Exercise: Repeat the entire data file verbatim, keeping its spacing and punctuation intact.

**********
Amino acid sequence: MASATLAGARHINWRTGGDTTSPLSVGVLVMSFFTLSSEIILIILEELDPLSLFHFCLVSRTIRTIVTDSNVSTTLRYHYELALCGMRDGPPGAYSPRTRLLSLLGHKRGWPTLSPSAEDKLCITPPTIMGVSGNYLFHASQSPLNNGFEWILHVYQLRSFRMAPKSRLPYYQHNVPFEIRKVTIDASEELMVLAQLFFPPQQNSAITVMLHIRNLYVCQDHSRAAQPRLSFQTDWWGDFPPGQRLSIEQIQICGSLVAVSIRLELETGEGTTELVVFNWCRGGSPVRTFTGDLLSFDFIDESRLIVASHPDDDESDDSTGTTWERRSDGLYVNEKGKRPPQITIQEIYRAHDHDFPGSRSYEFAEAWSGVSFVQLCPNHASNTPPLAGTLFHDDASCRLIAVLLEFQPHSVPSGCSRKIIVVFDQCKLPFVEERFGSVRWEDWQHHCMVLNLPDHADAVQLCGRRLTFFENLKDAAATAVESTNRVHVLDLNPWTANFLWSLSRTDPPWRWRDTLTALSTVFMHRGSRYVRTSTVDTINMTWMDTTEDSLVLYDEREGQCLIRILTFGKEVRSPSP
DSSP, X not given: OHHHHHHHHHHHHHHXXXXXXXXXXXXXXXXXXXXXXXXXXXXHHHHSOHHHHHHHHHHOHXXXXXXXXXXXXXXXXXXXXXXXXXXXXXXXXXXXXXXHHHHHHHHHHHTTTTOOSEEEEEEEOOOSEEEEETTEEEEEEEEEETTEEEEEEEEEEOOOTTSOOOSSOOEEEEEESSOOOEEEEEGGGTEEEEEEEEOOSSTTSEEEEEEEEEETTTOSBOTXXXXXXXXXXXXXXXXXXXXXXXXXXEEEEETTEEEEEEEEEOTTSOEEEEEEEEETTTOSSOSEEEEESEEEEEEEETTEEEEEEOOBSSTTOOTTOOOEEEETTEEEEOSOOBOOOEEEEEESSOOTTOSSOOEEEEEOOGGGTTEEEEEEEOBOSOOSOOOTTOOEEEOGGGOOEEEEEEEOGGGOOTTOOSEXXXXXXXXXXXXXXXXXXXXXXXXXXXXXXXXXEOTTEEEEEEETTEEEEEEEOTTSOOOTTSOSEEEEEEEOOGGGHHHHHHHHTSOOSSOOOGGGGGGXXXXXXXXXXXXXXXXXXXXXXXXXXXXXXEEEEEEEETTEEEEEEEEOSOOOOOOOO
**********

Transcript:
Amino acid sequence: MASATLAGARHINWRTGGDTTSPLSVGVLVMSFFTLSSEIILIILEELDPLSLFHFCLVSRTIRTIVTDSNVSTTLRYHYELALCGMRDGPPGAYSPRTRLLSLLGHKRGWPTLSPSAEDKLCITPPTIMGVSGNYLFHASQSPLNNGFEWILHVYQLRSFRMAPKSRLPYYQHNVPFEIRKVTIDASEELMVLAQLFFPPQQNSAITVMLHIRNLYVCQDHSRAAQPRLSFQTDWWGDFPPGQRLSIEQIQICGSLVAVSIRLELETGEGTTELVVFNWCRGGSPVRTFTGDLLSFDFIDESRLIVASHPDDDESDDSTGTTWERRSDGLYVNEKGKRPPQITIQEIYRAHDHDFPGSRSYEFAEAWSGVSFVQLCPNHASNTPPLAGTLFHDDASCRLIAVLLEFQPHSVPSGCSRKIIVVFDQCKLPFVEERFGSVRWEDWQHHCMVLNLPDHADAVQLCGRRLTFFENLKDAAATAVESTNRVHVLDLNPWTANFLWSLSRTDPPWRWRDTLTALSTVFMHRGSRYVRTSTVDTINMTWMDTTEDSLVLYDEREGQCLIRILTFGKEVRSPSP
DSSP, X not given: OHHHHHHHHHHHHHHXXXXXXXXXXXXXXXXXXXXXXXXXXXXHHHHSOHHHHHHHHHHOHXXXXXXXXXXXXXXXXXXXXXXXXXXXXXXXXXXXXXXHHHHHHHHHHHTTTTOOSEEEEEEEOOOSEEEEETTEEEEEEEEEETTEEEEEEEEEEOOOTTSOOOSSOOEEEEEESSOOOEEEEEGGGTEEEEEEEEOOSSTTSEEEEEEEEEETTTOSBOTXXXXXXXXXXXXXXXXXXXXXXXXXXEEEEETTEEEEEEEEEOTTSOEEEEEEEEETTTOSSOSEEEEESEEEEEEEETTEEEEEEOOBSSTTOOTTOOOEEEETTEEEEOSOOBOOOEEEEEESSOOTTOSSOOEEEEEOOGGGTTEEEEEEEOBOSOOSOOOTTOOEEEOGGGOOEEEEEEEOGGGOOTTOOSEXXXXXXXXXXXXXXXXXXXXXXXXXXXXXXXXXEOTTEEEEEEETTEEEEEEEOTTSOOOTTSOSEEEEEEEOOGGGHHHHHHHHTSOOSSOOOGGGGGGXXXXXXXXXXXXXXXXXXXXXXXXXXXXXXEEEEEEEETTEEEEEEEEOSOOOOOOOO